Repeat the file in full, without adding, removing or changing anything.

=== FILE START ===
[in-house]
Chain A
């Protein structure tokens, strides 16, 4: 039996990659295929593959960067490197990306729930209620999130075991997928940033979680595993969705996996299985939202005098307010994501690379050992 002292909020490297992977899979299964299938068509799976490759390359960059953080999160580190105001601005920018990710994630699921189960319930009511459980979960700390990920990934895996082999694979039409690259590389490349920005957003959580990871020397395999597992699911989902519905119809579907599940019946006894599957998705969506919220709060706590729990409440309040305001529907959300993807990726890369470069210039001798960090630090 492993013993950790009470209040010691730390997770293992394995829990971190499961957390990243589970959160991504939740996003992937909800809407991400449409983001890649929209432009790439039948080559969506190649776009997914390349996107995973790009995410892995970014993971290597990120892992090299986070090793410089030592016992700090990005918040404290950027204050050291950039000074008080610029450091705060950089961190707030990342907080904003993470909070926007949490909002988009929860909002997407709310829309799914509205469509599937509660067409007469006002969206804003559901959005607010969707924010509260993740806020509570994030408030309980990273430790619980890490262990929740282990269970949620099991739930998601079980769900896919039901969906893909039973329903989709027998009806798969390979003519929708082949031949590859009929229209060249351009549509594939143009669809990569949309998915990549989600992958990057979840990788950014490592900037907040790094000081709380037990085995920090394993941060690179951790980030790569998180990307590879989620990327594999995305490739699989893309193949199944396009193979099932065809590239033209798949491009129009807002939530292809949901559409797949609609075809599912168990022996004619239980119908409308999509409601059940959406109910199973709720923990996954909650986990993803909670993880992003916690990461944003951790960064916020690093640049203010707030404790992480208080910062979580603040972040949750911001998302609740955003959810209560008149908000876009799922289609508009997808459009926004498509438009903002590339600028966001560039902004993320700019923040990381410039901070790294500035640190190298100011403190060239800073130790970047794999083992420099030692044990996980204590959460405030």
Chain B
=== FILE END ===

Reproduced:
[in-house]
Chain A
């Protein structure tokens, strides 16, 4: 039996990659295929593959960067490197990306729930209620999130075991997928940033979680595993969705996996299985939202005098307010994501690379050992 002292909020490297992977899979299964299938068509799976490759390359960059953080999160580190105001601005920018990710994630699921189960319930009511459980979960700390990920990934895996082999694979039409690259590389490349920005957003959580990871020397395999597992699911989902519905119809579907599940019946006894599957998705969506919220709060706590729990409440309040305001529907959300993807990726890369470069210039001798960090630090 492993013993950790009470209040010691730390997770293992394995829990971190499961957390990243589970959160991504939740996003992937909800809407991400449409983001890649929209432009790439039948080559969506190649776009997914390349996107995973790009995410892995970014993971290597990120892992090299986070090793410089030592016992700090990005918040404290950027204050050291950039000074008080610029450091705060950089961190707030990342907080904003993470909070926007949490909002988009929860909002997407709310829309799914509205469509599937509660067409007469006002969206804003559901959005607010969707924010509260993740806020509570994030408030309980990273430790619980890490262990929740282990269970949620099991739930998601079980769900896919039901969906893909039973329903989709027998009806798969390979003519929708082949031949590859009929229209060249351009549509594939143009669809990569949309998915990549989600992958990057979840990788950014490592900037907040790094000081709380037990085995920090394993941060690179951790980030790569998180990307590879989620990327594999995305490739699989893309193949199944396009193979099932065809590239033209798949491009129009807002939530292809949901559409797949609609075809599912168990022996004619239980119908409308999509409601059940959406109910199973709720923990996954909650986990993803909670993880992003916690990461944003951790960064916020690093640049203010707030404790992480208080910062979580603040972040949750911001998302609740955003959810209560008149908000876009799922289609508009997808459009926004498509438009903002590339600028966001560039902004993320700019923040990381410039901070790294500035640190190298100011403190060239800073130790970047794999083992420099030692044990996980204590959460405030």
Chain B